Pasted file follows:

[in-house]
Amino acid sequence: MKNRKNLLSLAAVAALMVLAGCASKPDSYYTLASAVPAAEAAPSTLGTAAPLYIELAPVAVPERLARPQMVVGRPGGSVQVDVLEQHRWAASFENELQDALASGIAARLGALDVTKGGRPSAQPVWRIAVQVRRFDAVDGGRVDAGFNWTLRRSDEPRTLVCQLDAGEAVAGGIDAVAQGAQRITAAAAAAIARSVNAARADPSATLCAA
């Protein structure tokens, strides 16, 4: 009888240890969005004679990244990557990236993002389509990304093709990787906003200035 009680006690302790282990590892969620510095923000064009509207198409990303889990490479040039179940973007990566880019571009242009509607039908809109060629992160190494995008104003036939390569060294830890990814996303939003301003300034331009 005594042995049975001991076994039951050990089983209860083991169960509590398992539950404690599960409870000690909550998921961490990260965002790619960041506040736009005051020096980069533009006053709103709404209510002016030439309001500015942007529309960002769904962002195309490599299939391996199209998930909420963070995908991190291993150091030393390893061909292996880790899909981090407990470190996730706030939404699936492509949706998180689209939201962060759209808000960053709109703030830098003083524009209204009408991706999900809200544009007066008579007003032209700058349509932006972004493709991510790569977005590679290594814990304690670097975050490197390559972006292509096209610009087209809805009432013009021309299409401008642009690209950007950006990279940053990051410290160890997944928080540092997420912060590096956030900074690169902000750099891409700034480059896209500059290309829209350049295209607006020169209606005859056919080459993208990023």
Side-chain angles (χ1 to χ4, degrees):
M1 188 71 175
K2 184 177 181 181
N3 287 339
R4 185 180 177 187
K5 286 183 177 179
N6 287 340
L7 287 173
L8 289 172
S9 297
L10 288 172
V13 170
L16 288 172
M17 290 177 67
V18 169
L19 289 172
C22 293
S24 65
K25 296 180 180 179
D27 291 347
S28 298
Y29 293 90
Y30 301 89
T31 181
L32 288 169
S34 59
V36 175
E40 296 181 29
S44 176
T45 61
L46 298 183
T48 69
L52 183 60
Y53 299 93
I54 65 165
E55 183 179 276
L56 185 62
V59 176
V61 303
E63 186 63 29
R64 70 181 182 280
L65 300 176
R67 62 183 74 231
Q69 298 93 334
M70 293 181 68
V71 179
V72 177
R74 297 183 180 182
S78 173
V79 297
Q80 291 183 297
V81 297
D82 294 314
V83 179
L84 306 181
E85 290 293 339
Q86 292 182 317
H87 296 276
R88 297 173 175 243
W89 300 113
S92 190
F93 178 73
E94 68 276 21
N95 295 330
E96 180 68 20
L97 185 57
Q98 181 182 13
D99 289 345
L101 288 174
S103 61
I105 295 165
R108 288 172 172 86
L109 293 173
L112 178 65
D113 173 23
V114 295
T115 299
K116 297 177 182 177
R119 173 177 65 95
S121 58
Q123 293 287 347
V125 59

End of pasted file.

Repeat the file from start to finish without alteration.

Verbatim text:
[in-house]
Amino acid sequence: MKNRKNLLSLAAVAALMVLAGCASKPDSYYTLASAVPAAEAAPSTLGTAAPLYIELAPVAVPERLARPQMVVGRPGGSVQVDVLEQHRWAASFENELQDALASGIAARLGALDVTKGGRPSAQPVWRIAVQVRRFDAVDGGRVDAGFNWTLRRSDEPRTLVCQLDAGEAVAGGIDAVAQGAQRITAAAAAAIARSVNAARADPSATLCAA
């Protein structure tokens, strides 16, 4: 009888240890969005004679990244990557990236993002389509990304093709990787906003200035 009680006690302790282990590892969620510095923000064009509207198409990303889990490479040039179940973007990566880019571009242009509607039908809109060629992160190494995008104003036939390569060294830890990814996303939003301003300034331009 005594042995049975001991076994039951050990089983209860083991169960509590398992539950404690599960409870000690909550998921961490990260965002790619960041506040736009005051020096980069533009006053709103709404209510002016030439309001500015942007529309960002769904962002195309490599299939391996199209998930909420963070995908991190291993150091030393390893061909292996880790899909981090407990470190996730706030939404699936492509949706998180689209939201962060759209808000960053709109703030830098003083524009209204009408991706999900809200544009007066008579007003032209700058349509932006972004493709991510790569977005590679290594814990304690670097975050490197390559972006292509096209610009087209809805009432013009021309299409401008642009690209950007950006990279940053990051410290160890997944928080540092997420912060590096956030900074690169902000750099891409700034480059896209500059290309829209350049295209607006020169209606005859056919080459993208990023």
Side-chain angles (χ1 to χ4, degrees):
M1 188 71 175
K2 184 177 181 181
N3 287 339
R4 185 180 177 187
K5 286 183 177 179
N6 287 340
L7 287 173
L8 289 172
S9 297
L10 288 172
V13 170
L16 288 172
M17 290 177 67
V18 169
L19 289 172
C22 293
S24 65
K25 296 180 180 179
D27 291 347
S28 298
Y29 293 90
Y30 301 89
T31 181
L32 288 169
S34 59
V36 175
E40 296 181 29
S44 176
T45 61
L46 298 183
T48 69
L52 183 60
Y53 299 93
I54 65 165
E55 183 179 276
L56 185 62
V59 176
V61 303
E63 186 63 29
R64 70 181 182 280
L65 300 176
R67 62 183 74 231
Q69 298 93 334
M70 293 181 68
V71 179
V72 177
R74 297 183 180 182
S78 173
V79 297
Q80 291 183 297
V81 297
D82 294 314
V83 179
L84 306 181
E85 290 293 339
Q86 292 182 317
H87 296 276
R88 297 173 175 243
W89 300 113
S92 190
F93 178 73
E94 68 276 21
N95 295 330
E96 180 68 20
L97 185 57
Q98 181 182 13
D99 289 345
L101 288 174
S103 61
I105 295 165
R108 288 172 172 86
L109 293 173
L112 178 65
D113 173 23
V114 295
T115 299
K116 297 177 182 177
R119 173 177 65 95
S121 58
Q123 293 287 347
V125 59